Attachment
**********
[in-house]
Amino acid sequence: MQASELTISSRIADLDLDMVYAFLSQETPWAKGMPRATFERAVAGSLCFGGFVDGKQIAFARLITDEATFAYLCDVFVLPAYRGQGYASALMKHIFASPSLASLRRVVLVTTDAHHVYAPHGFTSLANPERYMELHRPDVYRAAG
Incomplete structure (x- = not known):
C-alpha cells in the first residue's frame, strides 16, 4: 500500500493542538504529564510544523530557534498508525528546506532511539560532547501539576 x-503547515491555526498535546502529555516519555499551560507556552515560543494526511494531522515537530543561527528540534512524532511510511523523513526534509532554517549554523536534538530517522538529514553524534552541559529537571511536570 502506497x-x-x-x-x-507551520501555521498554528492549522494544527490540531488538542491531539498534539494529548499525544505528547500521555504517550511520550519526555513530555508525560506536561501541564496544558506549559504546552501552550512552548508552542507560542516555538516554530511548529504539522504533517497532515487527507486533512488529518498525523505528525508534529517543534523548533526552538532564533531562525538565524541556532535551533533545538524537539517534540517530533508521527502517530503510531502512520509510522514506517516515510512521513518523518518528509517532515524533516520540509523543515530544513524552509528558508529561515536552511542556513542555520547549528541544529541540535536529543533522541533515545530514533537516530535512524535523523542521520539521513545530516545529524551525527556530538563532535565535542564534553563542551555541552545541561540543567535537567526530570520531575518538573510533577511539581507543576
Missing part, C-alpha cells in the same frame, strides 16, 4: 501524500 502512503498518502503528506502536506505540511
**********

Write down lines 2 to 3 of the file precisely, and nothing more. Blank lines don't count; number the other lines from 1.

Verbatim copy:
Amino acid sequence: MQASELTISSRIADLDLDMVYAFLSQETPWAKGMPRATFERAVAGSLCFGGFVDGKQIAFARLITDEATFAYLCDVFVLPAYRGQGYASALMKHIFASPSLASLRRVVLVTTDAHHVYAPHGFTSLANPERYMELHRPDVYRAAG
Incomplete structure (x- = not known):